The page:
Travel to Lesotho

Posted: March 6, 2016    Categories:

Lesotho is a unique geographical feature in that it is a country completely surrounded by another country (South Africa). However, the curiosity that Lesotho incites does not end there. There are several unique features that makes it worthwhile to travel to Lesotho, such as its unique altitude. As of 2010, there are already almost 2 million people living in Lesotho. The highlands therefore contribute to the cold weather in the country. A trip to Africa wouldn’t be a complete experience if you did not travel to Lesotho – so this travel guide should come in handy when planning your trip.

Travel to Lesotho

Sani Pass, Lesotho

Lesotho’s landscape is dominated by mountains and trails that seem to go on forever. Hence, riding horses or flying aircrafts seem to be the major forms of transportation. There is an estimated 30,355 square kilometer of land in Lesotho and yet there are no major bodies of water. Another interesting fact about Lesotho is the literacy rate of its citizens. The literacy rate of Lesotho is at 82% of the population – anyone aged 15 and above can read or write.

You will find the tallest mountain in Africa in Lesotho. It is the Thabana Ntienyana, which literally means Beautiful Little Mountain.

Currency: Lesotho Loti

Official Language: Sotho and English are the official languages in Lesotho.

Wi-Fi Availability: There are a few Wi-Fi access points in Lesotho; however, the quality might be okay, not great. You can find Wi-Fi hotspots in areas with lots of tourists.

Airport/s: The Moshoeshoe I International Airport is the main international airport servicing flights that travel to Lesotho.

Visa Required: Passport is a requirement for all foreign visitors that travel to Lesotho. Some foreign nationals can travel to Lesotho visa-free for 30 days while others are allowed a maximum stay of 14 days. You can learn about which countries belong to which category here: https://en.wikipedia.org/wiki/Visa_policy_of_Lesotho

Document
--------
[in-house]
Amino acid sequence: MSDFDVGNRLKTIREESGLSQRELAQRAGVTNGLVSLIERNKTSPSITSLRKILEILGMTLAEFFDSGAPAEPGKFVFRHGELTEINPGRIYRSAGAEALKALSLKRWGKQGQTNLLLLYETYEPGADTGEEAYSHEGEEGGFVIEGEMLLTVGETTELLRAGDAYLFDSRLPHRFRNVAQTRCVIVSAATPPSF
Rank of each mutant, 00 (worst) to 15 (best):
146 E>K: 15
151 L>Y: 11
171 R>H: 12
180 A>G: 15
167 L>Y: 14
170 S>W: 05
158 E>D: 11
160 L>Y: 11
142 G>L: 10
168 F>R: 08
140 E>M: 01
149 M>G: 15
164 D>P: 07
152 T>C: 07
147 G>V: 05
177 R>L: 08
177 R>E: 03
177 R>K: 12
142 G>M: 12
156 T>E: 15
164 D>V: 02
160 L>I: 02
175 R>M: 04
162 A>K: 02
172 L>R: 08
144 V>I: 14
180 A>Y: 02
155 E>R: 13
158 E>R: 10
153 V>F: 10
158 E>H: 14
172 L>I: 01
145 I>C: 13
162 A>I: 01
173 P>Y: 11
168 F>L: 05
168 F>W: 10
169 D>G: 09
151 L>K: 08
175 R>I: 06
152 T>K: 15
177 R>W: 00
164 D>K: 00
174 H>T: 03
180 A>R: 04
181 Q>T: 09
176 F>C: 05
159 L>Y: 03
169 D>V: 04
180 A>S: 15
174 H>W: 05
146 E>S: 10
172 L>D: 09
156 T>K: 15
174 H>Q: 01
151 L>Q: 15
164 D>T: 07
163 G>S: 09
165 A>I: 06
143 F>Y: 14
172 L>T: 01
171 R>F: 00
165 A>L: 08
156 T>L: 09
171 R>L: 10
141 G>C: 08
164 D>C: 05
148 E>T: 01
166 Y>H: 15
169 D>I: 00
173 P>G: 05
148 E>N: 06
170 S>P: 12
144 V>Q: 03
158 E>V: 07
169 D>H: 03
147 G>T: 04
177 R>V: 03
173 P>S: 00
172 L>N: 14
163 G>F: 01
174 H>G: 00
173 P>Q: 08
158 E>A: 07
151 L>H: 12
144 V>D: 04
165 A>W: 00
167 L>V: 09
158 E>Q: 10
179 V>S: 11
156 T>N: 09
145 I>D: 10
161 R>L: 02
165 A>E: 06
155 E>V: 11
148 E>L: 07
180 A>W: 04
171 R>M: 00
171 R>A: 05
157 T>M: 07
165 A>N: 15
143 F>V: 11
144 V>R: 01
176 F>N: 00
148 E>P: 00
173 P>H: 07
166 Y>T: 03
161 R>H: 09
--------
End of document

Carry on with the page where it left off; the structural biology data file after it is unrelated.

Travel to Lesotho

Driving: In Lesotho, you must drive on the left side of the road.

International Driver’s License Accepted? Foreign drivers must carry their national driver’s license and an international driver’s license to legally drive in Lesotho.

Crime: Crime is one of the biggest issues that tourists have when visiting Lesotho. This is mostly due to the poverty level in Lesotho with several of its residents being unemployed. The use of guns in robbery incidents have also increased in the past years.

Electrical Adapters: In Lesotho, they use 220 volts at an electrical frequency of 50 hertz.

Trivia: DID YOU KNOW that roughly 80% of the country is located 1,800 meters above sea level? Even the lowlands of Lesotho are higher in sea level than most highlands in Africa.

Cuisine of Lesotho

The cuisine of Lesotho is a mixture of both African and British cuisine. It’s geographical location also means that it has some ties to South African cuisine as well. The staples in the cuisine of Lesotho are the ones that are accessible and locally grown such as potato, rice and vegetables. They also love to cook with peanuts and most dishes typically come with sauces.

Among the most popular traditional dishes in Lesotho are maize porridge (corn-based), oxtail stew, kebabs and curries. When it comes to beverage, ting and ginger beer are popular in Lesotho.

Travel to Lesotho: Attractions

Travel to Lesotho

Maletsunyane Falls – This 192-meter high waterfall is one of the biggest natural attractions in Lesotho. The town where it belongs to in Semonkong is named after the falls itself. The falls is a drop from the Orange River, which is also one of the highest falls in the world.

Thaba Bosiu – This sandstone plateau measures at 2 square kilometer with an elevation of 1,804 meters. Aside from being a natural attraction, the mountain also has a historical importance. This is where king Moeshoeshoe established his rule of the Kingdom of Lesotho during the 1800s.

Sehlabathebe National Park – This national park is located amongst the Maloti Mountains in Lesotho’s Qacha’s Nek District. It is just a part of the Maloti-Drakensberg National Park, which is a UNESCO World Heritage Site.

Katse Dam – This concrete arch dam is the second largest dam in Africa. It is located at the Malibamat’so River and is constructed as part of the Lesotho Highlands Water Project.

Where I’ve Been to in Lesotho

Travel to Lesotho

Traditional houses in the Sani Pass, Lesotho